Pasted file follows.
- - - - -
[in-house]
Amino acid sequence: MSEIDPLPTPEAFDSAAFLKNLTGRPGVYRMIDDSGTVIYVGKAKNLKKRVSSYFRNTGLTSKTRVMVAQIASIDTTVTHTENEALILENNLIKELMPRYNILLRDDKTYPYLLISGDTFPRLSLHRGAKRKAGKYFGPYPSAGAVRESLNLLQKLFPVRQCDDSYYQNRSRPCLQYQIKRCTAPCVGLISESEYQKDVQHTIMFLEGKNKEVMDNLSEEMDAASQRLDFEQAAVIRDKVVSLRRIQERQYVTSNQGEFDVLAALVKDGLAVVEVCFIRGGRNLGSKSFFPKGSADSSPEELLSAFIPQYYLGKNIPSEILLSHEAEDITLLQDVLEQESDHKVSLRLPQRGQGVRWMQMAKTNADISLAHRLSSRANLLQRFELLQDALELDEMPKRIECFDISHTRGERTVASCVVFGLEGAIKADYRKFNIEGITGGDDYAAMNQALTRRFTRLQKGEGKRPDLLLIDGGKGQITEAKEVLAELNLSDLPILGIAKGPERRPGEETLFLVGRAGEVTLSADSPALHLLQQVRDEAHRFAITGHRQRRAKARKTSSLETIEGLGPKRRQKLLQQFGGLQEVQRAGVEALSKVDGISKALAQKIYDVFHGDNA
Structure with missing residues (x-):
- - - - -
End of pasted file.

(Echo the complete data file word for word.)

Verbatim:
[in-house]
Amino acid sequence: MSEIDPLPTPEAFDSAAFLKNLTGRPGVYRMIDDSGTVIYVGKAKNLKKRVSSYFRNTGLTSKTRVMVAQIASIDTTVTHTENEALILENNLIKELMPRYNILLRDDKTYPYLLISGDTFPRLSLHRGAKRKAGKYFGPYPSAGAVRESLNLLQKLFPVRQCDDSYYQNRSRPCLQYQIKRCTAPCVGLISESEYQKDVQHTIMFLEGKNKEVMDNLSEEMDAASQRLDFEQAAVIRDKVVSLRRIQERQYVTSNQGEFDVLAALVKDGLAVVEVCFIRGGRNLGSKSFFPKGSADSSPEELLSAFIPQYYLGKNIPSEILLSHEAEDITLLQDVLEQESDHKVSLRLPQRGQGVRWMQMAKTNADISLAHRLSSRANLLQRFELLQDALELDEMPKRIECFDISHTRGERTVASCVVFGLEGAIKADYRKFNIEGITGGDDYAAMNQALTRRFTRLQKGEGKRPDLLLIDGGKGQITEAKEVLAELNLSDLPILGIAKGPERRPGEETLFLVGRAGEVTLSADSPALHLLQQVRDEAHRFAITGHRQRRAKARKTSSLETIEGLGPKRRQKLLQQFGGLQEVQRAGVEALSKVDGISKALAQKIYDVFHGDNA
Structure with missing residues (x-):